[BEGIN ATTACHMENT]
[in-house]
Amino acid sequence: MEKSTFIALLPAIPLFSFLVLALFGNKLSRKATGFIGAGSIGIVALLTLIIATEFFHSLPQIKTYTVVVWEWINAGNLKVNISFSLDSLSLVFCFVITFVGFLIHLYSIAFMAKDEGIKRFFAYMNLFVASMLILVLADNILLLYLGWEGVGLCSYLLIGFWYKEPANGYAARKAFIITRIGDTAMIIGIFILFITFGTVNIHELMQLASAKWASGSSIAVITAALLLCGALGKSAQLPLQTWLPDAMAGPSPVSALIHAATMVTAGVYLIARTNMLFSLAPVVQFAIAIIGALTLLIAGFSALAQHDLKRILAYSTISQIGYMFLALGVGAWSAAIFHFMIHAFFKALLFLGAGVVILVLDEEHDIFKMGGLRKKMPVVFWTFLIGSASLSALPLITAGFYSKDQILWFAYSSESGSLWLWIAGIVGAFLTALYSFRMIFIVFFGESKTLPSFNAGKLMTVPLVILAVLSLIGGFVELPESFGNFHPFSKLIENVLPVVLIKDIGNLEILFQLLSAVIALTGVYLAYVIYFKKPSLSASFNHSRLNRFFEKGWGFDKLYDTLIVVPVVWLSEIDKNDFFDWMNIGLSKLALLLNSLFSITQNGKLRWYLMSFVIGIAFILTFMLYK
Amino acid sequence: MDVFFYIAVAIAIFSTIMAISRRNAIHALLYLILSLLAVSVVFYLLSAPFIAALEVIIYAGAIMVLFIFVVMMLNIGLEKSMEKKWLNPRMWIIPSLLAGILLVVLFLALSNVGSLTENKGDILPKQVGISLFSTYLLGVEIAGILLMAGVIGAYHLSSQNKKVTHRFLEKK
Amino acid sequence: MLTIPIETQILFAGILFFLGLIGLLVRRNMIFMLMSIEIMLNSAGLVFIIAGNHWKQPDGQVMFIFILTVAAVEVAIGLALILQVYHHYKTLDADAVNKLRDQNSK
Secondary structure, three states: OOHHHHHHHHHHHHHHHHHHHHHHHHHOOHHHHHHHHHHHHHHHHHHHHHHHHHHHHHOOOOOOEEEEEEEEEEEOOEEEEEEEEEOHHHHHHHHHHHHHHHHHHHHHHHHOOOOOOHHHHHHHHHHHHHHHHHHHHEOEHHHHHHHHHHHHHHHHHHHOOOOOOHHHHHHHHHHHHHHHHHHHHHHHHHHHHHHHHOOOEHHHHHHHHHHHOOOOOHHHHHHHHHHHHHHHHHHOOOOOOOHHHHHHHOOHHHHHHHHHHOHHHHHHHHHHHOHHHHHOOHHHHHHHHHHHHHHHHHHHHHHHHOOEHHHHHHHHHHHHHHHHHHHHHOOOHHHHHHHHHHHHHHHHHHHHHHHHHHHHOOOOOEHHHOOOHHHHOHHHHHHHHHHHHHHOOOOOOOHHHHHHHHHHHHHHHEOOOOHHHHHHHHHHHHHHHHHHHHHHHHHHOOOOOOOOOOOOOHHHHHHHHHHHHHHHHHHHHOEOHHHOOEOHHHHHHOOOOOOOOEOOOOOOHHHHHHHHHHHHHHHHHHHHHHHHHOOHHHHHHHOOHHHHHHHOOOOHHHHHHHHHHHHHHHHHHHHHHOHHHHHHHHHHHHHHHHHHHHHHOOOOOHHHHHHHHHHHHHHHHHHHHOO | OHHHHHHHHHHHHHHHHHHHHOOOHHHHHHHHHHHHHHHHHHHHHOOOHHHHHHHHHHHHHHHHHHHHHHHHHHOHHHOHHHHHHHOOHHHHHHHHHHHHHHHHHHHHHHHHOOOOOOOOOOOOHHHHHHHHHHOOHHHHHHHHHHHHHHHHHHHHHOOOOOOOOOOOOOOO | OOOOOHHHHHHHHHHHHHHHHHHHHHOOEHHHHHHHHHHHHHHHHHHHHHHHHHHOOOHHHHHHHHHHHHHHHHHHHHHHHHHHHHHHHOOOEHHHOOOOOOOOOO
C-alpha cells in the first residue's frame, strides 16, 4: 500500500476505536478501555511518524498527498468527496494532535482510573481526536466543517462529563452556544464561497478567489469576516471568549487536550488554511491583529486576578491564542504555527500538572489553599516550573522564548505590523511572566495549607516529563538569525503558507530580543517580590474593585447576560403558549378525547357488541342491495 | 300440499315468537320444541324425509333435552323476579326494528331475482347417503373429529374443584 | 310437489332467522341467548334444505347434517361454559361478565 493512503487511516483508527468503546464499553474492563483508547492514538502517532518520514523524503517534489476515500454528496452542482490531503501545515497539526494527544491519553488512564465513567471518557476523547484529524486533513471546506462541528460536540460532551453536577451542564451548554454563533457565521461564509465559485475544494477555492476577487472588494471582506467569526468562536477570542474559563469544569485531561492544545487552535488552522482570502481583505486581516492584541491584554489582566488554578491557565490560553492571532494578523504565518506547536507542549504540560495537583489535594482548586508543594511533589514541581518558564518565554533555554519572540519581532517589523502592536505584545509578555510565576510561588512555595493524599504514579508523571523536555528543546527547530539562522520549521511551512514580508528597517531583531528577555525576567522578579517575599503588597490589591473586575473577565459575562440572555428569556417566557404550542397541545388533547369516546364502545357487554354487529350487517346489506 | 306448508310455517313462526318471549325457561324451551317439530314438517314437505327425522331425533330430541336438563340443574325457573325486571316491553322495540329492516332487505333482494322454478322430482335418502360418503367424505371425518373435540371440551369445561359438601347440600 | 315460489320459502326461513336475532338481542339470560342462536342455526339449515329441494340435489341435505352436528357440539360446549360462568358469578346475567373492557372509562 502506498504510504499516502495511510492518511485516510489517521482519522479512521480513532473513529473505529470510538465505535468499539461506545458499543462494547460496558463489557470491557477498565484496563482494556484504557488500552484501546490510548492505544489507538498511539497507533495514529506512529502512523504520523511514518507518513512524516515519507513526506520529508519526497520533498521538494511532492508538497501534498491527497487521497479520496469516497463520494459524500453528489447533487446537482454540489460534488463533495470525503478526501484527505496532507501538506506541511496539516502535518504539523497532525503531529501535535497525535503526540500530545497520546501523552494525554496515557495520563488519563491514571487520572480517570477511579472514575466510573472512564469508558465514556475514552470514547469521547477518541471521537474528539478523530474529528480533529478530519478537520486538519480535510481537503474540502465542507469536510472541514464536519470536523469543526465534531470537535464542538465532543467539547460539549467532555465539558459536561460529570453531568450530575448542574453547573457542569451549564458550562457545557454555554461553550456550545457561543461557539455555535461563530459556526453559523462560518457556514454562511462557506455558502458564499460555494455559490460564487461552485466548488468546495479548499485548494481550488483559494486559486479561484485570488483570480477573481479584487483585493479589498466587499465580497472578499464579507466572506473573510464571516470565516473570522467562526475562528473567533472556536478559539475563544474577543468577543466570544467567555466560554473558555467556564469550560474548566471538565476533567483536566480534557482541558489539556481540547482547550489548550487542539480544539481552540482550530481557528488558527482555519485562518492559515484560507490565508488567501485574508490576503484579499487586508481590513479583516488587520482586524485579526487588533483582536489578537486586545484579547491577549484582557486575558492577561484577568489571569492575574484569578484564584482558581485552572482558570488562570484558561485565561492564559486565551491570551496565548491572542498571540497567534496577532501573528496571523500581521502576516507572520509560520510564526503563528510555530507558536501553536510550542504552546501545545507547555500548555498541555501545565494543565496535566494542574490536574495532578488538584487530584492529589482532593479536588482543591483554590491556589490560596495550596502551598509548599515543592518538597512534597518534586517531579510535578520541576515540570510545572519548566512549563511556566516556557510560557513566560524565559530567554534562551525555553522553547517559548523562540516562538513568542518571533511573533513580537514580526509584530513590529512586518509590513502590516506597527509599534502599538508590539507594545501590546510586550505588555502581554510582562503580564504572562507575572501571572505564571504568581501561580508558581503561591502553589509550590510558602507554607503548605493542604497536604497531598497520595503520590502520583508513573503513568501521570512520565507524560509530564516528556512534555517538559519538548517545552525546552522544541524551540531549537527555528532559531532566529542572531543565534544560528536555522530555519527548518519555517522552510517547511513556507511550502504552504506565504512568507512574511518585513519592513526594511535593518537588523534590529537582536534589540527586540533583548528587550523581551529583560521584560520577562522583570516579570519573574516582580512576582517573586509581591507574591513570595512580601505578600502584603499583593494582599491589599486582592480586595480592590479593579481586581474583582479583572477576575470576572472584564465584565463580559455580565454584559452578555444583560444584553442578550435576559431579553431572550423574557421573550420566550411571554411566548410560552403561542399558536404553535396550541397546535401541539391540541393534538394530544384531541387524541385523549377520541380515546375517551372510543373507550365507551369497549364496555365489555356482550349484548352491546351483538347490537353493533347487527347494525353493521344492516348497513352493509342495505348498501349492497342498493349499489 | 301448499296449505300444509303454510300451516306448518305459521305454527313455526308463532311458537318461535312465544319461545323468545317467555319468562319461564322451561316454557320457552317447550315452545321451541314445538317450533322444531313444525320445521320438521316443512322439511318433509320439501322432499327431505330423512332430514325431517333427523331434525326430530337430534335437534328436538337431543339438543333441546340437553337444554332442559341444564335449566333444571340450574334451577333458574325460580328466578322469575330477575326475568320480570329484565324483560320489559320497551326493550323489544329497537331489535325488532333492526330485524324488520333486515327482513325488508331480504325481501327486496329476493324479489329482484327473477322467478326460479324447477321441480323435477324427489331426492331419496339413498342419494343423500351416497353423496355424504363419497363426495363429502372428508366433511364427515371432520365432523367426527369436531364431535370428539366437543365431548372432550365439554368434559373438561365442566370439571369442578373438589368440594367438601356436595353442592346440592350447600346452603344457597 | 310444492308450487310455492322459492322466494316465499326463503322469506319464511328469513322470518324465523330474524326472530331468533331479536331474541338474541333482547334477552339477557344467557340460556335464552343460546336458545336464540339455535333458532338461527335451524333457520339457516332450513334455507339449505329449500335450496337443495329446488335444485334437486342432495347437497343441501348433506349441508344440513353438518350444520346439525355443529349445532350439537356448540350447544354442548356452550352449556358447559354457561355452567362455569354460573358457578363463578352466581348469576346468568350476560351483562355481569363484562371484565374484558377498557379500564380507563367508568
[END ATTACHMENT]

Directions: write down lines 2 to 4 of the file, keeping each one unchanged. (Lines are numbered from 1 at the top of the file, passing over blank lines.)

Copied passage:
Amino acid sequence: MEKSTFIALLPAIPLFSFLVLALFGNKLSRKATGFIGAGSIGIVALLTLIIATEFFHSLPQIKTYTVVVWEWINAGNLKVNISFSLDSLSLVFCFVITFVGFLIHLYSIAFMAKDEGIKRFFAYMNLFVASMLILVLADNILLLYLGWEGVGLCSYLLIGFWYKEPANGYAARKAFIITRIGDTAMIIGIFILFITFGTVNIHELMQLASAKWASGSSIAVITAALLLCGALGKSAQLPLQTWLPDAMAGPSPVSALIHAATMVTAGVYLIARTNMLFSLAPVVQFAIAIIGALTLLIAGFSALAQHDLKRILAYSTISQIGYMFLALGVGAWSAAIFHFMIHAFFKALLFLGAGVVILVLDEEHDIFKMGGLRKKMPVVFWTFLIGSASLSALPLITAGFYSKDQILWFAYSSESGSLWLWIAGIVGAFLTALYSFRMIFIVFFGESKTLPSFNAGKLMTVPLVILAVLSLIGGFVELPESFGNFHPFSKLIENVLPVVLIKDIGNLEILFQLLSAVIALTGVYLAYVIYFKKPSLSASFNHSRLNRFFEKGWGFDKLYDTLIVVPVVWLSEIDKNDFFDWMNIGLSKLALLLNSLFSITQNGKLRWYLMSFVIGIAFILTFMLYK
Amino acid sequence: MDVFFYIAVAIAIFSTIMAISRRNAIHALLYLILSLLAVSVVFYLLSAPFIAALEVIIYAGAIMVLFIFVVMMLNIGLEKSMEKKWLNPRMWIIPSLLAGILLVVLFLALSNVGSLTENKGDILPKQVGISLFSTYLLGVEIAGILLMAGVIGAYHLSSQNKKVTHRFLEKK
Amino acid sequence: MLTIPIETQILFAGILFFLGLIGLLVRRNMIFMLMSIEIMLNSAGLVFIIAGNHWKQPDGQVMFIFILTVAAVEVAIGLALILQVYHHYKTLDADAVNKLRDQNSK